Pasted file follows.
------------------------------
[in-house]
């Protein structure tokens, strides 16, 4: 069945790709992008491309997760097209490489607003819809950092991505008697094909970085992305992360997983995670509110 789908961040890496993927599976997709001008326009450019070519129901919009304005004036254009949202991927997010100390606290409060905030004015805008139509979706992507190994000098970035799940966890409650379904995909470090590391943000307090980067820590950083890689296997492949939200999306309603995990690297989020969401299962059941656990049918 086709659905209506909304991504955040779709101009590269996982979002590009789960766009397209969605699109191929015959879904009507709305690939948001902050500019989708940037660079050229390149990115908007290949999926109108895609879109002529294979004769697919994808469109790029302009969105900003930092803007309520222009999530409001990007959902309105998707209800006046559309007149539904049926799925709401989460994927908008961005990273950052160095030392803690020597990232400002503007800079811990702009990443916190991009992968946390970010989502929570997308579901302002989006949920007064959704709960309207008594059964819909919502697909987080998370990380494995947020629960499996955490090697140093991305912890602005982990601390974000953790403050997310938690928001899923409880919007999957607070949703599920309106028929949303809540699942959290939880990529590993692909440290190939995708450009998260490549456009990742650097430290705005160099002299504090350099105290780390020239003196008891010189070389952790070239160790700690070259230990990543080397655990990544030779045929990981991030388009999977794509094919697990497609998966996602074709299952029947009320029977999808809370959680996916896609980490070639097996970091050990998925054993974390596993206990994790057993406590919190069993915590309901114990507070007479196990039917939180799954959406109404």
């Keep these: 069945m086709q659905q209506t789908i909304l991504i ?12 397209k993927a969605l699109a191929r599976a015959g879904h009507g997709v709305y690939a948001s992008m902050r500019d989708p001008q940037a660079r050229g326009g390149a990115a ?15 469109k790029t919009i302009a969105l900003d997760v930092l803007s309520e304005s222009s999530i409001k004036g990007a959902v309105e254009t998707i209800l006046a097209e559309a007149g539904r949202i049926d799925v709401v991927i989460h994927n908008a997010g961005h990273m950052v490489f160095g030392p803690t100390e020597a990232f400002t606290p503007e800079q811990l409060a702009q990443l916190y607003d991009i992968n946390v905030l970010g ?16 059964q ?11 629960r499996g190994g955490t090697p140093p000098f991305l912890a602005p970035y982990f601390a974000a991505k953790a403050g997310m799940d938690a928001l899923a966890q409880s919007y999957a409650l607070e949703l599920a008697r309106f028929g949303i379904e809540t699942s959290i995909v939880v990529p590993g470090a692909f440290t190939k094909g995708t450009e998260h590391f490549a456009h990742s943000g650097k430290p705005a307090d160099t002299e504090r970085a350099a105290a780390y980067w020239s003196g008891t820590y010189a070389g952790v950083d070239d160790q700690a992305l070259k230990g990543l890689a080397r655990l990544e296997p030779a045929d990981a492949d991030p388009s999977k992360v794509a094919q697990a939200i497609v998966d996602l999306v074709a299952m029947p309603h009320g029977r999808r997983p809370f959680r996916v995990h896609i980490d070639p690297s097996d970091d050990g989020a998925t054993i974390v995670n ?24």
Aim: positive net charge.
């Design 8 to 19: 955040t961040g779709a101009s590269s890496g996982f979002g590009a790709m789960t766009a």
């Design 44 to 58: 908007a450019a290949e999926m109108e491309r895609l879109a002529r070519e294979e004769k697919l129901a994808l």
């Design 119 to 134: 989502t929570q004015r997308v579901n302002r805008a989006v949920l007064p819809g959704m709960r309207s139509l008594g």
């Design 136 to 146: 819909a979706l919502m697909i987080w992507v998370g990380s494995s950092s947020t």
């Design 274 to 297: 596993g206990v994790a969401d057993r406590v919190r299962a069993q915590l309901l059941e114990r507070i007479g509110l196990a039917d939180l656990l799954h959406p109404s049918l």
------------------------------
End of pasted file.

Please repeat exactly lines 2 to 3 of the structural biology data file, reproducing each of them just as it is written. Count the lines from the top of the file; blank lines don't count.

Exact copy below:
């Protein structure tokens, strides 16, 4: 069945790709992008491309997760097209490489607003819809950092991505008697094909970085992305992360997983995670509110 789908961040890496993927599976997709001008326009450019070519129901919009304005004036254009949202991927997010100390606290409060905030004015805008139509979706992507190994000098970035799940966890409650379904995909470090590391943000307090980067820590950083890689296997492949939200999306309603995990690297989020969401299962059941656990049918 086709659905209506909304991504955040779709101009590269996982979002590009789960766009397209969605699109191929015959879904009507709305690939948001902050500019989708940037660079050229390149990115908007290949999926109108895609879109002529294979004769697919994808469109790029302009969105900003930092803007309520222009999530409001990007959902309105998707209800006046559309007149539904049926799925709401989460994927908008961005990273950052160095030392803690020597990232400002503007800079811990702009990443916190991009992968946390970010989502929570997308579901302002989006949920007064959704709960309207008594059964819909919502697909987080998370990380494995947020629960499996955490090697140093991305912890602005982990601390974000953790403050997310938690928001899923409880919007999957607070949703599920309106028929949303809540699942959290939880990529590993692909440290190939995708450009998260490549456009990742650097430290705005160099002299504090350099105290780390020239003196008891010189070389952790070239160790700690070259230990990543080397655990990544030779045929990981991030388009999977794509094919697990497609998966996602074709299952029947009320029977999808809370959680996916896609980490070639097996970091050990998925054993974390596993206990994790057993406590919190069993915590309901114990507070007479196990039917939180799954959406109404």
């Keep these: 069945m086709q659905q209506t789908i909304l991504i ?12 397209k993927a969605l699109a191929r599976a015959g879904h009507g997709v709305y690939a948001s992008m902050r500019d989708p001008q940037a660079r050229g326009g390149a990115a ?15 469109k790029t919009i302009a969105l900003d997760v930092l803007s309520e304005s222009s999530i409001k004036g990007a959902v309105e254009t998707i209800l006046a097209e559309a007149g539904r949202i049926d799925v709401v991927i989460h994927n908008a997010g961005h990273m950052v490489f160095g030392p803690t100390e020597a990232f400002t606290p503007e800079q811990l409060a702009q990443l916190y607003d991009i992968n946390v905030l970010g ?16 059964q ?11 629960r499996g190994g955490t090697p140093p000098f991305l912890a602005p970035y982990f601390a974000a991505k953790a403050g997310m799940d938690a928001l899923a966890q409880s919007y999957a409650l607070e949703l599920a008697r309106f028929g949303i379904e809540t699942s959290i995909v939880v990529p590993g470090a692909f440290t190939k094909g995708t450009e998260h590391f490549a456009h990742s943000g650097k430290p705005a307090d160099t002299e504090r970085a350099a105290a780390y980067w020239s003196g008891t820590y010189a070389g952790v950083d070239d160790q700690a992305l070259k230990g990543l890689a080397r655990l990544e296997p030779a045929d990981a492949d991030p388009s999977k992360v794509a094919q697990a939200i497609v998966d996602l999306v074709a299952m029947p309603h009320g029977r999808r997983p809370f959680r996916v995990h896609i980490d070639p690297s097996d970091d050990g989020a998925t054993i974390v995670n ?24």